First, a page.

Estate Planning and 529 Plans


Question: I have three grandchildren and want to start saving for their college education. Is opening a 529 Plan advisable? What are the implications with respect to my grandchild’s financial aid eligibility and my own estate plan?

Answer: When it comes to college financial aid and estate planning considerations, there is never a single right answer. Obviously contributing to your grandchild’s educational future is important and you do not want to put them or yourself in a worse position. The first part of this article will address the financial aid implications of 529 Plans and the second part will address your own estate planning concerns that may come into play when opening the 529 Plan.

A 529 Plan’s impact on financial aid depends on who owns it. When filling out the Free Application for Federal Student Aid (hereinafter “FAFSA”), income and assets of the parent and student are all reported. If the 529 Plan is owned by the parent or student, it is considered an asset. If the 529 Plan is owned by the grandparent, it is not considered an asset; however, distributions from the Plan can be considered income to the student. Income reduces financial aid more than assets. For example, if the 529 Plan is owned by the parent and has $20,000.00, the financial aid is reduced by approximately $1,128.00. If the same 529 Plan is owned by the grandparents and a distribution is taken for the full amount, the income to the student can decrease the aid by $10,000.00. Income verification is usually requested two years prior to the school year (for 2019/2020 school year, 2017 income verification will be required). Therefore, it is advisable if the grandparent owns the 529 Plan, the student should hold off distributions until the second half of his or her sophomore year to reduce the impact on aid.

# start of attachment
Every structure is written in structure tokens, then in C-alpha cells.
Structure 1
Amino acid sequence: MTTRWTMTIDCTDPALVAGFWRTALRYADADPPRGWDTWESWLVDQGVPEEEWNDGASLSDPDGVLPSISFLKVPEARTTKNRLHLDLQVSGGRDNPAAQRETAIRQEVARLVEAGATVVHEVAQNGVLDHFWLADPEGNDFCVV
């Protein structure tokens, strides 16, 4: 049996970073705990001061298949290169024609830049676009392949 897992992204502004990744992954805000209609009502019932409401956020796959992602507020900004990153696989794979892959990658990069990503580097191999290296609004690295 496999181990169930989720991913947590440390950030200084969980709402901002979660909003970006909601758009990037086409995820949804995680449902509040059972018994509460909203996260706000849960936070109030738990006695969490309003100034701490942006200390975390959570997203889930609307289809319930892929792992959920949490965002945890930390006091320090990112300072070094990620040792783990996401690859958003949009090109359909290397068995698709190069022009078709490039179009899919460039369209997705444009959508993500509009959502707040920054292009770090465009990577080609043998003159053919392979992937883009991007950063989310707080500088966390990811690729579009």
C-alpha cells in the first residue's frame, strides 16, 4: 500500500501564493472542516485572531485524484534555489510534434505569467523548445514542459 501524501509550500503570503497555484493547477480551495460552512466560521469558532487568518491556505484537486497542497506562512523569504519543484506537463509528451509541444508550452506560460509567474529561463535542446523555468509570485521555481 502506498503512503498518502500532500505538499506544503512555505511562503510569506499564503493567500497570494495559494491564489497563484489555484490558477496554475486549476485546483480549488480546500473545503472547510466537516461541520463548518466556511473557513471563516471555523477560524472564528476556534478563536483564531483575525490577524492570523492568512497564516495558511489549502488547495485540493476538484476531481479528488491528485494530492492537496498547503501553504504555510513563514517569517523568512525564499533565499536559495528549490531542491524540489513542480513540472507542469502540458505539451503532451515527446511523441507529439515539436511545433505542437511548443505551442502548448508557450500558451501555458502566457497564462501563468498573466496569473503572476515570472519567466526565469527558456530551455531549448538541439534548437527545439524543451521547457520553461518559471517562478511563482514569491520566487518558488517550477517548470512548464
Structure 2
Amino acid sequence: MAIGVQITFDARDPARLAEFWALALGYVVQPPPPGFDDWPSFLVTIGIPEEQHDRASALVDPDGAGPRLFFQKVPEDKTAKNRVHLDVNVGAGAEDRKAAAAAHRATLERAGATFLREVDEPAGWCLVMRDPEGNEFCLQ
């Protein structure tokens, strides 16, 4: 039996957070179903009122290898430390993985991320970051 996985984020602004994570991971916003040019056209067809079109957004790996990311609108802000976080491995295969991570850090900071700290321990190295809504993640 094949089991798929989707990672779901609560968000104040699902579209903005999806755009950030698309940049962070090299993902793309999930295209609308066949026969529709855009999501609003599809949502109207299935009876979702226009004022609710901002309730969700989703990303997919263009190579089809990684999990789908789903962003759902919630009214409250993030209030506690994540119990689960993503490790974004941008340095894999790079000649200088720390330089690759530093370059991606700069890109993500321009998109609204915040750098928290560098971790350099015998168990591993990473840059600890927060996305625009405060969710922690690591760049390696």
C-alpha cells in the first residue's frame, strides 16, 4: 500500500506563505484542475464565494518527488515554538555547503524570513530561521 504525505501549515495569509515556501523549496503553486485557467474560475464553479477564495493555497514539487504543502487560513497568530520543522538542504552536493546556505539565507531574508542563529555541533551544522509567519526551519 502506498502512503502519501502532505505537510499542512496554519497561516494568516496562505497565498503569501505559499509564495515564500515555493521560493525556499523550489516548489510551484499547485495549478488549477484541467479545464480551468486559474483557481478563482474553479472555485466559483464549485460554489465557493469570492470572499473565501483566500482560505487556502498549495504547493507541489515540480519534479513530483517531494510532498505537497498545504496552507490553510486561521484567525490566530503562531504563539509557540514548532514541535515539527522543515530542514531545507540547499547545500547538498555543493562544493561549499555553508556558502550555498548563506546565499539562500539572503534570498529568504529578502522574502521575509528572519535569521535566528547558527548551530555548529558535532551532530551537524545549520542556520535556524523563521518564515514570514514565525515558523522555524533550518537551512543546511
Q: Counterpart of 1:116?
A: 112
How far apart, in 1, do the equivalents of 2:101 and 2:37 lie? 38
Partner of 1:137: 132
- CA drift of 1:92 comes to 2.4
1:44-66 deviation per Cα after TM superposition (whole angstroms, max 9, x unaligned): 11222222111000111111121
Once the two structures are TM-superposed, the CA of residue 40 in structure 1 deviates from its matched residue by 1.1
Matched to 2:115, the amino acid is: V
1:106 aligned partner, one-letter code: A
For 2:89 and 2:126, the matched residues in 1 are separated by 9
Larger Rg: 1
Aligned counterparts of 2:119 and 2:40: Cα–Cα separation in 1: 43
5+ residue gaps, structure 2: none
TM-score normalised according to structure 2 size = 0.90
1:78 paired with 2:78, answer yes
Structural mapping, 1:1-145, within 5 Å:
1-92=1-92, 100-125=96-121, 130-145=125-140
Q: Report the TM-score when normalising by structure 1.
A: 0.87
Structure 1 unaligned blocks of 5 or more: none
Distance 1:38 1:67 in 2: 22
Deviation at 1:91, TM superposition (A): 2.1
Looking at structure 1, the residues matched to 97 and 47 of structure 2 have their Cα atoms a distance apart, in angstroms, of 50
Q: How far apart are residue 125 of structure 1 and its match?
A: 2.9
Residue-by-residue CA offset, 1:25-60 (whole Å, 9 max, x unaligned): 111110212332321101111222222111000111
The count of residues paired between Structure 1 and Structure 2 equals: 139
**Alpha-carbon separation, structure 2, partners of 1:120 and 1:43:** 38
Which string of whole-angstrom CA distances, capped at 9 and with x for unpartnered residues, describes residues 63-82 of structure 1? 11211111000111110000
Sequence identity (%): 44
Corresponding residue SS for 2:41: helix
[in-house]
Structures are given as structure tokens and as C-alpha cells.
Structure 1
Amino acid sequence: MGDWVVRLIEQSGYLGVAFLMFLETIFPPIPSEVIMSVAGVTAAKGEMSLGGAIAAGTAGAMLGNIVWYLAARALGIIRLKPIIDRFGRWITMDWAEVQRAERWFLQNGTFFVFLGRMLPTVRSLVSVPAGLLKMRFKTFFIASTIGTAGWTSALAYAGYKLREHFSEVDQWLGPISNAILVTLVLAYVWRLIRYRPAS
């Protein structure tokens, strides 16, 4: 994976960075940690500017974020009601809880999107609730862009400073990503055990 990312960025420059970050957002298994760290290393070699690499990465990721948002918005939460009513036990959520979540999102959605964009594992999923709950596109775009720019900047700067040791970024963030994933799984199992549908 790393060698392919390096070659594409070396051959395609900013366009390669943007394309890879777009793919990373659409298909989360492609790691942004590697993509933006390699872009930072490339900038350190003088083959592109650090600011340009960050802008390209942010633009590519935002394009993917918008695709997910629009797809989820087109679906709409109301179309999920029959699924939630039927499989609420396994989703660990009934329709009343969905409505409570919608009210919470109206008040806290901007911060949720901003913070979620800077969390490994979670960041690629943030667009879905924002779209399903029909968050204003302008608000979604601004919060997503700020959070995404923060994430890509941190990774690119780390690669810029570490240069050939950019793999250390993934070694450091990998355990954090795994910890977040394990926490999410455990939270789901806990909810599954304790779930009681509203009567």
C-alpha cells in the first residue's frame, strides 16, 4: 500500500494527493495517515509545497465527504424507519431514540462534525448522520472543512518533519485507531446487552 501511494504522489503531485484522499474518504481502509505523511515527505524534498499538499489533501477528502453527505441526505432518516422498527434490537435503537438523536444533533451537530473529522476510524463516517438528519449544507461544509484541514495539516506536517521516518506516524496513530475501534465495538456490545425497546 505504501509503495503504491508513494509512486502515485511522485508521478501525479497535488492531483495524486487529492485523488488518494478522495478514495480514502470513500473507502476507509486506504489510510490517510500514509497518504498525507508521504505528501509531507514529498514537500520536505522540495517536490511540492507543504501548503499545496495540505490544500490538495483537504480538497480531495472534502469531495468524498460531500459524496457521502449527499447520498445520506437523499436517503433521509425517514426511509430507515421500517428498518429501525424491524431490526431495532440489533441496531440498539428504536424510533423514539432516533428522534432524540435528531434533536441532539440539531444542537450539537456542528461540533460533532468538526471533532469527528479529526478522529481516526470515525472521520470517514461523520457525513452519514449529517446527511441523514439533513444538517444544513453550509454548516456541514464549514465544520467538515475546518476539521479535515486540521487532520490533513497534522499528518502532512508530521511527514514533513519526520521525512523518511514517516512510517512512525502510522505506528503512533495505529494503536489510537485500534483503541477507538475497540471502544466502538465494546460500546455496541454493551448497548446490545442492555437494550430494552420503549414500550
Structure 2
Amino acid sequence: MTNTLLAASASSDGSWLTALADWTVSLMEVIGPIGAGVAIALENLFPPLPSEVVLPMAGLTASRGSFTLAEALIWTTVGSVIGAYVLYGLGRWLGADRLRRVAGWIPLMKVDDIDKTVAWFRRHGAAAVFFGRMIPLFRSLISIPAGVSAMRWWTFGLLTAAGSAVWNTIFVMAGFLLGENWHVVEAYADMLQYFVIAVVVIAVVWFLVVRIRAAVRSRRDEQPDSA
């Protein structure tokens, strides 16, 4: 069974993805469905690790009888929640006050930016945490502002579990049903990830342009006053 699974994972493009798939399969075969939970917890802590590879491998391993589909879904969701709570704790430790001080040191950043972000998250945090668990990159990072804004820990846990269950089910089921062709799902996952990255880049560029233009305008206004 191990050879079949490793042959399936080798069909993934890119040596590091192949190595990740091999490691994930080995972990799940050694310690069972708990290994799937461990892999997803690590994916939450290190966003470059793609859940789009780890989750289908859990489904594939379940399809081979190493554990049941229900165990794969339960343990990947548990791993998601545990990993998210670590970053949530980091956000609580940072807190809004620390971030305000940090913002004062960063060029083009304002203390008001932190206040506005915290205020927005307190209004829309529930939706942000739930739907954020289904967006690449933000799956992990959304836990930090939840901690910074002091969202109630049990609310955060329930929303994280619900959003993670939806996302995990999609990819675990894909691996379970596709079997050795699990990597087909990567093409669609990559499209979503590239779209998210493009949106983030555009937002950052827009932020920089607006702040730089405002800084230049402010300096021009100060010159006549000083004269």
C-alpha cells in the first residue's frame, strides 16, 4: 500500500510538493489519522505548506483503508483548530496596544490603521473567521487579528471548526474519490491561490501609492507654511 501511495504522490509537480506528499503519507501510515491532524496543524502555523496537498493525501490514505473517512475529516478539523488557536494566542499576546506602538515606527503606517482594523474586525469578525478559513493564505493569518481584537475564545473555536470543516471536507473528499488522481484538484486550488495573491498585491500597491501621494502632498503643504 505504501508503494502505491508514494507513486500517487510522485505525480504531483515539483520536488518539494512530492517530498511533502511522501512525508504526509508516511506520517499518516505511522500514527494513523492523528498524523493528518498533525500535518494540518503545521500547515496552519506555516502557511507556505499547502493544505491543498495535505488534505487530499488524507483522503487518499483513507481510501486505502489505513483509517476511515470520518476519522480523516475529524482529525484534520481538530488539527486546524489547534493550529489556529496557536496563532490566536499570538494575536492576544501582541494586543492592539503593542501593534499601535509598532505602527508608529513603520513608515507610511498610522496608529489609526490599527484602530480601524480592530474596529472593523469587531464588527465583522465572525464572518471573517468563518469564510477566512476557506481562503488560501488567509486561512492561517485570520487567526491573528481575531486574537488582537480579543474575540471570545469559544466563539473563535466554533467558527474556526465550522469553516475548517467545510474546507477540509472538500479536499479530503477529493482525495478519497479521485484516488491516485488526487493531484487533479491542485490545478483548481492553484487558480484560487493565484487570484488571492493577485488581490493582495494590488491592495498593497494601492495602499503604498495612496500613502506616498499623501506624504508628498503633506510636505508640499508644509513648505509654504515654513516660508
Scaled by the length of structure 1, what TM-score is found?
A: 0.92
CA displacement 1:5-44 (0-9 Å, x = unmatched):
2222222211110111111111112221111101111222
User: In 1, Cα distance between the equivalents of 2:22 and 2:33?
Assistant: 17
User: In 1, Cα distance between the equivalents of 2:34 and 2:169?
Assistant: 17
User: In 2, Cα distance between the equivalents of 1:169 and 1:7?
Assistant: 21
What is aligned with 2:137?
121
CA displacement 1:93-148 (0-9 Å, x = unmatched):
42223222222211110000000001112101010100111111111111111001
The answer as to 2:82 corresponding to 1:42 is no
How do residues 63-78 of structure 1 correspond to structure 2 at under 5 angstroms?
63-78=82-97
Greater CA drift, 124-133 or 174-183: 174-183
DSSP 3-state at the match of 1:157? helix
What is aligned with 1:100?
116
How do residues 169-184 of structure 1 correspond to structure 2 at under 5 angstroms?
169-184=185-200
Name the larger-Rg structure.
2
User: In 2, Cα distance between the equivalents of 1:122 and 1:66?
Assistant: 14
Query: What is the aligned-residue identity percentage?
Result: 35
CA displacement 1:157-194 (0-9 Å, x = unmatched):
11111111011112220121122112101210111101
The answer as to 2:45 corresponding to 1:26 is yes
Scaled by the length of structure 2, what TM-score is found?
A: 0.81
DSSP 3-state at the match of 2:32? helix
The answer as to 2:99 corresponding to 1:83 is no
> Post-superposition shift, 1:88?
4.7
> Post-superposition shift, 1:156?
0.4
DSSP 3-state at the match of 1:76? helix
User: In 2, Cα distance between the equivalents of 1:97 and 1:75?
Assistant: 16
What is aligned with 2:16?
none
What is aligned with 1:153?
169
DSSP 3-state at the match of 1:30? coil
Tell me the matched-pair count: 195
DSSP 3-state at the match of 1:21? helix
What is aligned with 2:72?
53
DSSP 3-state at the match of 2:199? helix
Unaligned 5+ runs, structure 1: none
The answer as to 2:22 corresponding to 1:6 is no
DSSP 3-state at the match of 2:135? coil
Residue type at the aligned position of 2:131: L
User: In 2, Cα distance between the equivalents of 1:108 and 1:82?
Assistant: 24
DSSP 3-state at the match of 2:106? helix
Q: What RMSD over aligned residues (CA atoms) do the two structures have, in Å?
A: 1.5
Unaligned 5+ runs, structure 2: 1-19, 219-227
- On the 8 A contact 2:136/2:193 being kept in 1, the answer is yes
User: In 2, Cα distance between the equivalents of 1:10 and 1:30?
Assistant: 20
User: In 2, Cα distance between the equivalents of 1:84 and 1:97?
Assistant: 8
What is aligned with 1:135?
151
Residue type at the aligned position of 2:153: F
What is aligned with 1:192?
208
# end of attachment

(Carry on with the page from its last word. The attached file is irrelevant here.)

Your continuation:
With respect to your own estate planning, if you are the owner of the 529 Plan, the asset is considered yours for Medicaid purposes. In order words, if you or your spouse need to rely on Medicaid at home or in a facility, the value of the 529 Plan will come into play. As you may be aware, if you or your spouse applies for Chronic Medicaid to cover the cost of care in a nursing facility, there is a five year lookback on all financial accounts. This would include 529 Plans. If withdrawals are made to the student within the five year period immediately prior to an application for Chronic Medicaid benefits, it may be counted as a transfer and the applicant would be penalized accordingly (for every $13,407 transferred, one month penalty is assessed).

When considering your estate planning and college savings for your grandchild it is important to discuss with professionals in your area that are familiar with the implications of 529 Plans. As you can see, there are many facts that may dictate whether a 529 Plan is appropriate and who the owner of the plan should be in order to maximize financial aid eligible and asset protection.


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Burner Law Group, P.C.

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